Manuscripts Burn


"Manuscripts don't burn"
- Mikhail Bulgakov

Hi, I'm horror and science fiction author Steve Kozeniewski (pronounced: "causin' ooze key.") Welcome to my blog! You can also find me on Facebook, Twitter, Goodreads, and Amazon. You can e-mail me here, join my mailing list here, or request an e-autograph here. Free on this site you can listen to me recite one of my own short works, "The Thing Under the Bed."

Sunday, March 15, 2009

Eternity Burning: Chapter 18, Part 4

The class somberly filed out of her room. She noticed that one of her students was hovering around behind, trying discreetly to be the last one out. The girl probably wanted to talk to her alone for a minute. It happened sometimes. Usually it was the smartest students, or the sycophants who stayed behind. Dina didn't recognize this girl as either. In fact, she didn't recognize her at all. She knew all the brilliant ones and all the troublemakers by heart (they made an impression). The girl was probably a well-disciplined, average student, so Dina didn't know her.

"Professor Sharp?" she asked.

She sounded meek, gentle, and concerned.

"Yes, dear?" Dina asked.

She wanted to be polite, but she didn't know the girl's name. That could be a problem.

"I don't know if you remember me. My name is Daisy."

Well, that solved that problem.

"I have to admit I didn't," Dina confessed, "That's a pretty name, Daisy."

"Thank you," she said, and then smiled, "I...I just wanted to ask if you were all right."

Dina glanced down at her broken arm, which was still in a cast, and she involuntarily touched the stitches on the side of her head.

"Not as good as I could be," she said, "But, then again, not as bad as I could be, either. I'm fine, Daisy."

"Oh, good," the girl said, brightening up.

As Daisy started to turn and walk out, Dina realized that she had stayed behind just because she was concerned. It was a bright spot in Dina's day that someone had been nice to her. She sat down at her desk and began to ruffle through some reports.

"I never noticed that before."

The professor looked up. Daisy was looking at a portrait of Victory Halov. It was hanging on the wall of the classroom. Victory had put on his Fellowship uniform and posed for the portrait, then gave it to Dina as a keepsake. Dina had once kept the picture by her bedside at home, but she had found that after Vic’s death she couldn’t sleep with it there. She had transplanted it to her classroom.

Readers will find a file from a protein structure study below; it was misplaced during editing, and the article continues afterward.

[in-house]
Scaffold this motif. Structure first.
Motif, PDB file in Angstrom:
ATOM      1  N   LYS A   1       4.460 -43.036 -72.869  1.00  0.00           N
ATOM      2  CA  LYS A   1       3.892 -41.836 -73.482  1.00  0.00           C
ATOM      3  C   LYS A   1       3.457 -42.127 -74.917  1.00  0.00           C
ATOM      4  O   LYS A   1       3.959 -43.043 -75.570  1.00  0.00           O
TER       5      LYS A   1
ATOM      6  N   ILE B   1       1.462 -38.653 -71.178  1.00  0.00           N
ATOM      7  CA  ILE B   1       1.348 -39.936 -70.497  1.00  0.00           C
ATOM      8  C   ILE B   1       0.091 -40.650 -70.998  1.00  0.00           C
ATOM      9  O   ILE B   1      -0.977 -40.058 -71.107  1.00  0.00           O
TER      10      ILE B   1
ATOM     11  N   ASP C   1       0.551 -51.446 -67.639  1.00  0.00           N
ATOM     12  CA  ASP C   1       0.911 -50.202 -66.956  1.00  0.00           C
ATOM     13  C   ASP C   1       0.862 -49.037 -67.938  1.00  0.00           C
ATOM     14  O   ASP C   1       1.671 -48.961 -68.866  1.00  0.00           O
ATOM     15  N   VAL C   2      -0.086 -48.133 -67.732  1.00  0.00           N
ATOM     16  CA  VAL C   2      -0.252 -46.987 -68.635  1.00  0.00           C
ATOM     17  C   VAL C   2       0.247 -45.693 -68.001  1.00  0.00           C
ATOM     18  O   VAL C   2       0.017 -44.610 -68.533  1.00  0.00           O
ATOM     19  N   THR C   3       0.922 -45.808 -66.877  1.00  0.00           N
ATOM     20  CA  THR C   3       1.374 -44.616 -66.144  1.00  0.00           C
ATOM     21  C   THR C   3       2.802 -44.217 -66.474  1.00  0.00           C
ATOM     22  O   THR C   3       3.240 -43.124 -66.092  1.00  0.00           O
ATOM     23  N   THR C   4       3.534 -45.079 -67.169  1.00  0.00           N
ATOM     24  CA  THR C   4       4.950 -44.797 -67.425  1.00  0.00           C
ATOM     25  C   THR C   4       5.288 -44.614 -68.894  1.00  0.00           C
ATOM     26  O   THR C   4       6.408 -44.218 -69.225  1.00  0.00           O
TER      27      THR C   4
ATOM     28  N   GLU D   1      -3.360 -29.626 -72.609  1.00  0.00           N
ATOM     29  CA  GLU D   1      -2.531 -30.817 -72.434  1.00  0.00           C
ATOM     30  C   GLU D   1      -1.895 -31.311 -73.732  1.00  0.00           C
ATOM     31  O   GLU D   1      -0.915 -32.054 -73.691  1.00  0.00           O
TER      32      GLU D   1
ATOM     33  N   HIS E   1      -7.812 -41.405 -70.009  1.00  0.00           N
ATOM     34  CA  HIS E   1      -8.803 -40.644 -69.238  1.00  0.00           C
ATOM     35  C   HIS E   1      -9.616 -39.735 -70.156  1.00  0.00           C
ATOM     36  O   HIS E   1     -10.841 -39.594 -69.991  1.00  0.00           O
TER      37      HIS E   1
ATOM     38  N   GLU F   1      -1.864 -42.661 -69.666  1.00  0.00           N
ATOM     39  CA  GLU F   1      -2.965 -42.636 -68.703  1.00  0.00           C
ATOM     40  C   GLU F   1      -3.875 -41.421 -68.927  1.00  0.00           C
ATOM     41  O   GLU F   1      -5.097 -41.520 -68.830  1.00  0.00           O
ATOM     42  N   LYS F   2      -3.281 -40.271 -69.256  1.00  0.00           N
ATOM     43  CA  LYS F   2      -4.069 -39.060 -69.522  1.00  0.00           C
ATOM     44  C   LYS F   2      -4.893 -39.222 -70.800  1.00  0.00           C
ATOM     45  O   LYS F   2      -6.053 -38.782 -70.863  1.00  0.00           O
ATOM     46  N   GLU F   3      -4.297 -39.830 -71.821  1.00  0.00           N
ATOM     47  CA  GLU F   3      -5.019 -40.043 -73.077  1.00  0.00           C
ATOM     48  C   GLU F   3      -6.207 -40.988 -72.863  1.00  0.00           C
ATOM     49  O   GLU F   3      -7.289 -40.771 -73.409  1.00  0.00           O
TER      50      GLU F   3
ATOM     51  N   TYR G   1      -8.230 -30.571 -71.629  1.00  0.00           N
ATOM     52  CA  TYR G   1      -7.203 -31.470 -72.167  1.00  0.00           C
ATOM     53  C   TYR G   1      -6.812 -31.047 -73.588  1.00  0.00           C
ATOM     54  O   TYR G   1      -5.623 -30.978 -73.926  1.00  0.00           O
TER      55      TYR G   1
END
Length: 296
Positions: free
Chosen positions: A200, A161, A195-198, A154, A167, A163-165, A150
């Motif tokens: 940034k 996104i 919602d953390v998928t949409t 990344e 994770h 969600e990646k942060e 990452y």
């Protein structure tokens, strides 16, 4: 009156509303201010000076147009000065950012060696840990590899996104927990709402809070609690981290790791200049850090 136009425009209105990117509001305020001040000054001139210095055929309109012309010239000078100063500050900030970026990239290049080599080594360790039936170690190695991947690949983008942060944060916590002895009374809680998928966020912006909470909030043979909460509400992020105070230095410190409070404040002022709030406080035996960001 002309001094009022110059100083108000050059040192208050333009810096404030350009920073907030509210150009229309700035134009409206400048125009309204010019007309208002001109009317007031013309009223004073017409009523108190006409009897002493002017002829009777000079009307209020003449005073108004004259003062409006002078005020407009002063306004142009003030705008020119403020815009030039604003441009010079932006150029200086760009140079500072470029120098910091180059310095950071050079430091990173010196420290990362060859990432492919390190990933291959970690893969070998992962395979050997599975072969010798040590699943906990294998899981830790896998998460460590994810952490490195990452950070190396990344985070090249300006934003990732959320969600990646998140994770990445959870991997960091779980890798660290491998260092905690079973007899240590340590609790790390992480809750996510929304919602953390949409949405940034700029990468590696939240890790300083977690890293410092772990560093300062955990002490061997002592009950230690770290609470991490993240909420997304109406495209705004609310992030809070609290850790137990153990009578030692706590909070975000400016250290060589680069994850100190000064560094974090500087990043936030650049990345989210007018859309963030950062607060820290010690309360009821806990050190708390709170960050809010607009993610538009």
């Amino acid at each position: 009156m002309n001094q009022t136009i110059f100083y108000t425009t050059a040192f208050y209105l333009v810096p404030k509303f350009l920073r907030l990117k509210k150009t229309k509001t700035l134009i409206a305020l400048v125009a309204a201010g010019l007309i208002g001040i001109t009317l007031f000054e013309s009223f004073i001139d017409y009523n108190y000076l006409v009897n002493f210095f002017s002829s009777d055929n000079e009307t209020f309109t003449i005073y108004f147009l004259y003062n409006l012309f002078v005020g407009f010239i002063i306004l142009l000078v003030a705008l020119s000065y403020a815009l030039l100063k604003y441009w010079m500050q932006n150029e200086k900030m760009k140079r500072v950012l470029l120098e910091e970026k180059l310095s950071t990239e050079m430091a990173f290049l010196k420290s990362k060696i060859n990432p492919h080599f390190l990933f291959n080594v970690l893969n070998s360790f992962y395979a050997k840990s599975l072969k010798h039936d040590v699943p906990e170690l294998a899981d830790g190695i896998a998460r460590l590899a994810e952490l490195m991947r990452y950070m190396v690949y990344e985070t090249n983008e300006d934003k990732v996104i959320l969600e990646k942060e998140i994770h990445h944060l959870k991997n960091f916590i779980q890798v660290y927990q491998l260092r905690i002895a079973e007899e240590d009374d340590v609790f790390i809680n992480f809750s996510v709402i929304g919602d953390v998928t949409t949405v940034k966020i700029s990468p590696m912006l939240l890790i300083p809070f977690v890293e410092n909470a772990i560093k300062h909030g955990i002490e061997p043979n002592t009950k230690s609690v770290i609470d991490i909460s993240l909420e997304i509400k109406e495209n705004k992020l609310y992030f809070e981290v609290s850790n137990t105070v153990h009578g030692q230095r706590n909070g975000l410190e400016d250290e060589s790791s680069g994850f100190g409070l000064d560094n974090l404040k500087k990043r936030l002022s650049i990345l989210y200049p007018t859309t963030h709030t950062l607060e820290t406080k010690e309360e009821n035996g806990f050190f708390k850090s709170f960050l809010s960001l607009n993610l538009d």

“Being the girlfriend of the founder of the Fellowship might mean something someday,” he had once told her.

He had turned out to be right. Being associated with the Fellowship nowadays meant that you were the object of persecution and hatred. As a matter of fact, it was not very safe to keep that picture around.

"I think I'm going to get rid of it."

“Do you mind if I ask why you have a picture of a Fellow?” she asked, with constrained anger.

“That’s Victory Halov,” Dina said, “He was my boyfriend once. I think I’ll get rid of that portrait, actually.”

"Oh, don't do that!" Daisy exclaimed.

"But it's a Fellow," Dina pointed out.

"Well, I never liked the things the Fellowship did," Daisy said, "But Halov wasn't just another bully."

"Everyone thinks he was."

"Does that make everyone right? It's not promoting the Fellowship, it's remembering someone you loved. It's in memory of a single person who did some good, even if he wasn't in such a great group. Right?"

Dina smiled. She must have taught her students well.

"That's right."

"So don't get rid of it," Daisy said, then she turned and started off again.

She turned around almost instantly, though.

"Besides, it's not a political statement. It's just a picture."

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